President Barack Obama missed the perfect chance to explain his plans to bring American troops home from Afghanistan during his nationally televised speech from the war zone, the New York Times
claimed on Wednesday.
“The White House set it up as a big moment, but the president squandered the chance to fully explain his exit strategy from a war Americans are desperate to see brought to an end,” the Times said in an editorial.
Calling Obama’s speech from the Bagram Air Base “frustratingly short on specifics,” the liberal bastion of the establishment said, “Mr. Obama didn’t explain what the United States and its allies planned to do to improve the training of Afghan forces so they can hold off the Taliban. Nor did he explain what President Hamid Karzai plans to do to rein in the corruption and incompetence that are the hallmark of his leadership and that have alienated so many of his own people, playing into the hands of the Taliban.”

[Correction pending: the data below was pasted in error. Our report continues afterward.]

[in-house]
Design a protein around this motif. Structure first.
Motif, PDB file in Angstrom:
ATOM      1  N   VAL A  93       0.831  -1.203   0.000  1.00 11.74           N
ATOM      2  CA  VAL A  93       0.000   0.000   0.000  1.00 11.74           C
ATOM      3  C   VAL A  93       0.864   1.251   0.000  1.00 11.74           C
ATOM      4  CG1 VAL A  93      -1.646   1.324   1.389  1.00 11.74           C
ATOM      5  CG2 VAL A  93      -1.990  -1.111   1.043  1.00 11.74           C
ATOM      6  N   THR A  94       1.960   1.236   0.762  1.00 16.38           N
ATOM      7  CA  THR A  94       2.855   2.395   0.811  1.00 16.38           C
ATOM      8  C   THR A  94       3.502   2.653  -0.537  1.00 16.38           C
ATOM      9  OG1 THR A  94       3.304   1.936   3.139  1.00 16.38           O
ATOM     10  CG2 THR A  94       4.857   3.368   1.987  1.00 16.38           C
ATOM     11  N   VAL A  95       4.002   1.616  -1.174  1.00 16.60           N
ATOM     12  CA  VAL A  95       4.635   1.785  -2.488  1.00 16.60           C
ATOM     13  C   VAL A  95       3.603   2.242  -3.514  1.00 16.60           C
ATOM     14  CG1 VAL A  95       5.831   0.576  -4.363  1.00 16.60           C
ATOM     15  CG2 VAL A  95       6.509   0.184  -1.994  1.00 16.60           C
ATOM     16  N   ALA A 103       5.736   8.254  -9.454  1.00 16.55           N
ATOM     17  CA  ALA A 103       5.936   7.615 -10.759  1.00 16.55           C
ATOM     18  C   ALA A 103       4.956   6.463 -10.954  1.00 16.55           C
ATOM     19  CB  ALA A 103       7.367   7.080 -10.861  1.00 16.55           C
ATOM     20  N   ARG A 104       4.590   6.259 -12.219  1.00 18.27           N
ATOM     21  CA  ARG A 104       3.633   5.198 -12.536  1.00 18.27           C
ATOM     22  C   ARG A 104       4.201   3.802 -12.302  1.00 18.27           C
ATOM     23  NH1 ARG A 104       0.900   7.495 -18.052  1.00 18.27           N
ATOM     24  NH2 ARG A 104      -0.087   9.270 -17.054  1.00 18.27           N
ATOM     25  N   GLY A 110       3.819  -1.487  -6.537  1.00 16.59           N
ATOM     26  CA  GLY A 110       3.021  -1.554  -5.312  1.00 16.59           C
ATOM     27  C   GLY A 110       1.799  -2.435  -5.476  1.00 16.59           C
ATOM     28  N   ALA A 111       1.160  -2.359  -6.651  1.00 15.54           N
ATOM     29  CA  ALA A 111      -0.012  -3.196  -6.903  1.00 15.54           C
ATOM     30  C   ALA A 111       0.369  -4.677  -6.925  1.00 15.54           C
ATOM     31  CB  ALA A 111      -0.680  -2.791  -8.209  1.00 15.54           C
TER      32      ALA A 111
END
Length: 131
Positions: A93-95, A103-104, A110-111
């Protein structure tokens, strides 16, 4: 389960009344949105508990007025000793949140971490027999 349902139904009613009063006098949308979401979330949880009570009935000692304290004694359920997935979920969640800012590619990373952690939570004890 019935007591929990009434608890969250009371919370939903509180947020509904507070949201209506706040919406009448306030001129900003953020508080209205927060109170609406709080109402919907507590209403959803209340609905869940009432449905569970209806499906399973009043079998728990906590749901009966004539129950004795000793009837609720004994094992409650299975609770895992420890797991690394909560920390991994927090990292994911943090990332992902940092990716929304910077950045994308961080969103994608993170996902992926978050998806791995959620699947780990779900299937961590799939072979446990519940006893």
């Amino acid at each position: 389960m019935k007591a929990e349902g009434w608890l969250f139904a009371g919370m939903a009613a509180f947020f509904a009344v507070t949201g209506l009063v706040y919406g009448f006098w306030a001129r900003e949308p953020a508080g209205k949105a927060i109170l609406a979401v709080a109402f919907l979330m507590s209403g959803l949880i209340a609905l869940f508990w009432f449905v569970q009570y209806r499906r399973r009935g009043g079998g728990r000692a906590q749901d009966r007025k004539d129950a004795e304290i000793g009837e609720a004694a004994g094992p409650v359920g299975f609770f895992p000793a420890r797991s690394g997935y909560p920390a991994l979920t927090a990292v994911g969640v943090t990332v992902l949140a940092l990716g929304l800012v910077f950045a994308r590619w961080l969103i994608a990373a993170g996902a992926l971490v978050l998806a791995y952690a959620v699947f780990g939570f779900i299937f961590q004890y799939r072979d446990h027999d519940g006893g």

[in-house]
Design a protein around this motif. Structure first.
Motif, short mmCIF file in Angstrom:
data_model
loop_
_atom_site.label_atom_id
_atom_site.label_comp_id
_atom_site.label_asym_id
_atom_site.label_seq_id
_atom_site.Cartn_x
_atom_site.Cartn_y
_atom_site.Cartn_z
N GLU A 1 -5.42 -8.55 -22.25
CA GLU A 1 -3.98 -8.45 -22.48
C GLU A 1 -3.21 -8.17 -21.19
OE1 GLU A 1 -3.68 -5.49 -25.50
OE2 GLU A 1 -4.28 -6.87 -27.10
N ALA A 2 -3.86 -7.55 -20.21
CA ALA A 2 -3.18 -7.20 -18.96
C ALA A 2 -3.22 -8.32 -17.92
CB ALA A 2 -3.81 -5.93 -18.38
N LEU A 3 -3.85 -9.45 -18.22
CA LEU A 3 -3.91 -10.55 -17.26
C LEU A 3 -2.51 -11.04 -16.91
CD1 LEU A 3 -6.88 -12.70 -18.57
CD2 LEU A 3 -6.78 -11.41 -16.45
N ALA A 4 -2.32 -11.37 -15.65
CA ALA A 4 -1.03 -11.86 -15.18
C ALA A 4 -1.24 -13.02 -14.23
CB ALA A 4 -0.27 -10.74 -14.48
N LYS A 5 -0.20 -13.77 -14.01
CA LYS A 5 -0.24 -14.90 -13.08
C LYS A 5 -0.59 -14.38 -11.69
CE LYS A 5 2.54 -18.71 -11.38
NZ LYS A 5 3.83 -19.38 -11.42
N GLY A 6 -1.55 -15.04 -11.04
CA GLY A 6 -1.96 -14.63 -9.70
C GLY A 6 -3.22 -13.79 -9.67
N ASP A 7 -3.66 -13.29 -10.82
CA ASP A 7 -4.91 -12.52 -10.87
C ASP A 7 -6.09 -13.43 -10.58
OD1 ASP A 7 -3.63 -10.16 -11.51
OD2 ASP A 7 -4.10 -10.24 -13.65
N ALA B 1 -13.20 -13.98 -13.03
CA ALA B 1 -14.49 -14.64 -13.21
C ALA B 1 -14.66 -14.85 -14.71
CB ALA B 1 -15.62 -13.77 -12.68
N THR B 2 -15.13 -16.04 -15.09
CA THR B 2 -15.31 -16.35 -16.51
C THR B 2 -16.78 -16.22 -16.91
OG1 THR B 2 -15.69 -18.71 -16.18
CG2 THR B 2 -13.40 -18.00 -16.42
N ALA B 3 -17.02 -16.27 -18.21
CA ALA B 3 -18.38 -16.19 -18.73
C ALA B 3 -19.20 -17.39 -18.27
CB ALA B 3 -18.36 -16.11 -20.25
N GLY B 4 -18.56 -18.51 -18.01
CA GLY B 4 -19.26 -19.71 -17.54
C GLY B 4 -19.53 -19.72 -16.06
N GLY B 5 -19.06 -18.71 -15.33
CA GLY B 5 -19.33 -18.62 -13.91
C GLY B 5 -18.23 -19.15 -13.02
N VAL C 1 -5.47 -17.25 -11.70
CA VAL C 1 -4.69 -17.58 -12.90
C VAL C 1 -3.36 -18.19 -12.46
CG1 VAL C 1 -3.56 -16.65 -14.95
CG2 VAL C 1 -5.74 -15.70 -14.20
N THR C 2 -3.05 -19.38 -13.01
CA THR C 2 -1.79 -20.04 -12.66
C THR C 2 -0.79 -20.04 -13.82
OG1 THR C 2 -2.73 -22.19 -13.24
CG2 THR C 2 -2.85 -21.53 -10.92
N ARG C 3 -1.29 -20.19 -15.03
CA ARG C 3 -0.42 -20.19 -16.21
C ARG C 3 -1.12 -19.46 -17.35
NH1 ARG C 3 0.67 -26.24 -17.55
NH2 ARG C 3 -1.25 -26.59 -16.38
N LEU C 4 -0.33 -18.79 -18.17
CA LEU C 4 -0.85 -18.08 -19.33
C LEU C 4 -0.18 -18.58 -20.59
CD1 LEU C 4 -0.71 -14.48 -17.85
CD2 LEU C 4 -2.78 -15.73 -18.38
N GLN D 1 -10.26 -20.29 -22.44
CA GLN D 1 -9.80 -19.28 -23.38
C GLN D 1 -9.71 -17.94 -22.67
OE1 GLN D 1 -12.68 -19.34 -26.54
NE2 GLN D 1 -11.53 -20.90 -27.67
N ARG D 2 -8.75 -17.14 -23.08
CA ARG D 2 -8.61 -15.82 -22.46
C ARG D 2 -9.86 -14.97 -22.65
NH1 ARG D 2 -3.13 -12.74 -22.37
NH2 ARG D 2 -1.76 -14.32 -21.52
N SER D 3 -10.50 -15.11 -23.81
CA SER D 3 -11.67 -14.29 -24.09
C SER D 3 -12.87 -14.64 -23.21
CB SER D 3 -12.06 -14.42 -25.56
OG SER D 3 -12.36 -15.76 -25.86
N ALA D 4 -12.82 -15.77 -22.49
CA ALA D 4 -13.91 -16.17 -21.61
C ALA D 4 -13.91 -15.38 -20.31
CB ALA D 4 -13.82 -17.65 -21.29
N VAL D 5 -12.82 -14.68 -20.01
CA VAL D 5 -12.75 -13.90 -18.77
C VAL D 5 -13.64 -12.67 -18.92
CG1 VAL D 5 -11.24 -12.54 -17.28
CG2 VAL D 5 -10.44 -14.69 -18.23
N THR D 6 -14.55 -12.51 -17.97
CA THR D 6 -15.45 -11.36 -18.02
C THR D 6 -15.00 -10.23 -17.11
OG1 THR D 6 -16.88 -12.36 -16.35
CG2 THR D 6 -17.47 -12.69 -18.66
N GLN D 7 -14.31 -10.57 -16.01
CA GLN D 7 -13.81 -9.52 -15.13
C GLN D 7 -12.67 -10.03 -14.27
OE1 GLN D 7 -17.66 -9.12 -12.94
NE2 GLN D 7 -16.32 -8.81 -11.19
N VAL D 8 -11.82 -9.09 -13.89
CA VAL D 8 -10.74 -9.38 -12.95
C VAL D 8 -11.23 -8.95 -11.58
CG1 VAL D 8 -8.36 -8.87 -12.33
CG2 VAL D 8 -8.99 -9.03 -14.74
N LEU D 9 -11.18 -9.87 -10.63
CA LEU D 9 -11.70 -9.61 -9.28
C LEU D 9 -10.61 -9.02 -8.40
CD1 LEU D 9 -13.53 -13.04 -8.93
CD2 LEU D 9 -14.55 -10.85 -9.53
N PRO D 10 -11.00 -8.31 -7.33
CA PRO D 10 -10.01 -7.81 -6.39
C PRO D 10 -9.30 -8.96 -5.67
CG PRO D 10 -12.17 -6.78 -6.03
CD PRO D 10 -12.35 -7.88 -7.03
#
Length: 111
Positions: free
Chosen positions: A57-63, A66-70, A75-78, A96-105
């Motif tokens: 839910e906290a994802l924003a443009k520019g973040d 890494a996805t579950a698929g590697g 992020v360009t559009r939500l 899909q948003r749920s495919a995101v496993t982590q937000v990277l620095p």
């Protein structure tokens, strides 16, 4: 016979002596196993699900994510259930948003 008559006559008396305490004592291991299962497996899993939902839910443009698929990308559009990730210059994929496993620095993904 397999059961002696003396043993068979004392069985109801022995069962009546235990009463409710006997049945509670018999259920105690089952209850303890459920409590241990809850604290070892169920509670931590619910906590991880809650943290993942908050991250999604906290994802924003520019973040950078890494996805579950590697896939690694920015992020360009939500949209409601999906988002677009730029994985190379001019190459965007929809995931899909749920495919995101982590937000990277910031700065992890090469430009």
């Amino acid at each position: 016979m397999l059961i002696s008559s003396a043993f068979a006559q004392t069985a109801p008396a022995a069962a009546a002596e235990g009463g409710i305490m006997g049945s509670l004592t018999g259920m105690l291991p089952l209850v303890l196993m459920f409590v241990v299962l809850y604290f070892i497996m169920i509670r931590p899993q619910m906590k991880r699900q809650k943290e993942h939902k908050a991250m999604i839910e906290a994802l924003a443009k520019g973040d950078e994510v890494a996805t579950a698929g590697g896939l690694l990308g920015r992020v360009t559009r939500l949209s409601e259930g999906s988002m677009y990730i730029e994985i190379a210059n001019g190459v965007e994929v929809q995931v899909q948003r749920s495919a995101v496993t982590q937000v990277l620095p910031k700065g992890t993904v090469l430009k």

The paper said even the one thing that the trip did accomplish, the signing of a strategic partnership with the Karzai-government, “is also short on specifics.”
“We are increasingly concerned that Mr. Obama does not have a clear policy to ensure that the country does not implode once the Americans are gone,” the Times said.
The Times said the timing of the visit, to coincide with the first anniversary of the killing of Osama bin Laden, was “contrived,” but lauded the president for using “only a tinge of triumphalism.”
“Mr. Obama’s strongest argument for staying in Afghanistan for another two years is that it is the main base for continuing that fight and that, by 2014, the United States will be able to withdraw without seeing it turn once again into a haven for Al Qaeda. He didn’t make the case Tuesday night,” the editorial concluded.”
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